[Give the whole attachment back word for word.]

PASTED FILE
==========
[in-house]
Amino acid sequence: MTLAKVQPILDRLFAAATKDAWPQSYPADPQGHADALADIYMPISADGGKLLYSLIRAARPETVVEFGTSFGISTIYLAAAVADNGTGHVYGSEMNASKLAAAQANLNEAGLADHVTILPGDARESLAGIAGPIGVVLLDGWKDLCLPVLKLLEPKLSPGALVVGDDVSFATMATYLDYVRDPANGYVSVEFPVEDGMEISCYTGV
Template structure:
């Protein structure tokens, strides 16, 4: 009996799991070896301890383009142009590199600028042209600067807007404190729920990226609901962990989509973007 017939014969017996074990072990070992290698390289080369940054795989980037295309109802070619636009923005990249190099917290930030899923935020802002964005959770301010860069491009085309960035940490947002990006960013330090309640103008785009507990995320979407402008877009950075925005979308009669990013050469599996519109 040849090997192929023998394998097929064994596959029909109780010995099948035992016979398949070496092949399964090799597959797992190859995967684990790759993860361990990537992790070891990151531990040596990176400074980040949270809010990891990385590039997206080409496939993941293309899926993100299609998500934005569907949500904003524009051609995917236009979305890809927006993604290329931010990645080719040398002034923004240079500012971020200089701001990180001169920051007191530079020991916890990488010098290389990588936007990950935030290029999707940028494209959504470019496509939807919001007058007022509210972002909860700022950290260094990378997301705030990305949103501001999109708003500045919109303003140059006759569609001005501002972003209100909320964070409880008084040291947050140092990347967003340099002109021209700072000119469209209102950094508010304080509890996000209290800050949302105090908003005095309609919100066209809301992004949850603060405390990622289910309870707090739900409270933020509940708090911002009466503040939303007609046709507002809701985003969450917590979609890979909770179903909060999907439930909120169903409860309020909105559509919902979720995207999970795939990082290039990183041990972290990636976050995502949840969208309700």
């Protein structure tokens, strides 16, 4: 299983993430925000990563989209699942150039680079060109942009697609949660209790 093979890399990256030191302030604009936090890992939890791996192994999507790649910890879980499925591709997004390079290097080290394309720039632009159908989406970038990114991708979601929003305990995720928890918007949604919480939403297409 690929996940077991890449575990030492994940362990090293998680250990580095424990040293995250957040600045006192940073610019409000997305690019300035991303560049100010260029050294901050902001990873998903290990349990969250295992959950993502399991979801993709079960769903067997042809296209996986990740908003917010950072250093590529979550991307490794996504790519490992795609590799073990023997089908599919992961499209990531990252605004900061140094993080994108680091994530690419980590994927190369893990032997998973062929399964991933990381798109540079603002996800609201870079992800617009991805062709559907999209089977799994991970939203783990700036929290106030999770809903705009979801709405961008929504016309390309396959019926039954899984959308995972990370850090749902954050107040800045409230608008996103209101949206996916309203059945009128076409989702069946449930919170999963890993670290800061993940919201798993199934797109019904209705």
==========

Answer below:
[in-house]
Amino acid sequence: MTLAKVQPILDRLFAAATKDAWPQSYPADPQGHADALADIYMPISADGGKLLYSLIRAARPETVVEFGTSFGISTIYLAAAVADNGTGHVYGSEMNASKLAAAQANLNEAGLADHVTILPGDARESLAGIAGPIGVVLLDGWKDLCLPVLKLLEPKLSPGALVVGDDVSFATMATYLDYVRDPANGYVSVEFPVEDGMEISCYTGV
Template structure:
């Protein structure tokens, strides 16, 4: 009996799991070896301890383009142009590199600028042209600067807007404190729920990226609901962990989509973007 017939014969017996074990072990070992290698390289080369940054795989980037295309109802070619636009923005990249190099917290930030899923935020802002964005959770301010860069491009085309960035940490947002990006960013330090309640103008785009507990995320979407402008877009950075925005979308009669990013050469599996519109 040849090997192929023998394998097929064994596959029909109780010995099948035992016979398949070496092949399964090799597959797992190859995967684990790759993860361990990537992790070891990151531990040596990176400074980040949270809010990891990385590039997206080409496939993941293309899926993100299609998500934005569907949500904003524009051609995917236009979305890809927006993604290329931010990645080719040398002034923004240079500012971020200089701001990180001169920051007191530079020991916890990488010098290389990588936007990950935030290029999707940028494209959504470019496509939807919001007058007022509210972002909860700022950290260094990378997301705030990305949103501001999109708003500045919109303003140059006759569609001005501002972003209100909320964070409880008084040291947050140092990347967003340099002109021209700072000119469209209102950094508010304080509890996000209290800050949302105090908003005095309609919100066209809301992004949850603060405390990622289910309870707090739900409270933020509940708090911002009466503040939303007609046709507002809701985003969450917590979609890979909770179903909060999907439930909120169903409860309020909105559509919902979720995207999970795939990082290039990183041990972290990636976050995502949840969208309700």
């Protein structure tokens, strides 16, 4: 299983993430925000990563989209699942150039680079060109942009697609949660209790 093979890399990256030191302030604009936090890992939890791996192994999507790649910890879980499925591709997004390079290097080290394309720039632009159908989406970038990114991708979601929003305990995720928890918007949604919480939403297409 690929996940077991890449575990030492994940362990090293998680250990580095424990040293995250957040600045006192940073610019409000997305690019300035991303560049100010260029050294901050902001990873998903290990349990969250295992959950993502399991979801993709079960769903067997042809296209996986990740908003917010950072250093590529979550991307490794996504790519490992795609590799073990023997089908599919992961499209990531990252605004900061140094993080994108680091994530690419980590994927190369893990032997998973062929399964991933990381798109540079603002996800609201870079992800617009991805062709559907999209089977799994991970939203783990700036929290106030999770809903705009979801709405961008929504016309390309396959019926039954899984959308995972990370850090749902954050107040800045409230608008996103209101949206996916309203059945009128076409989702069946449930919170999963890993670290800061993940919201798993199934797109019904209705």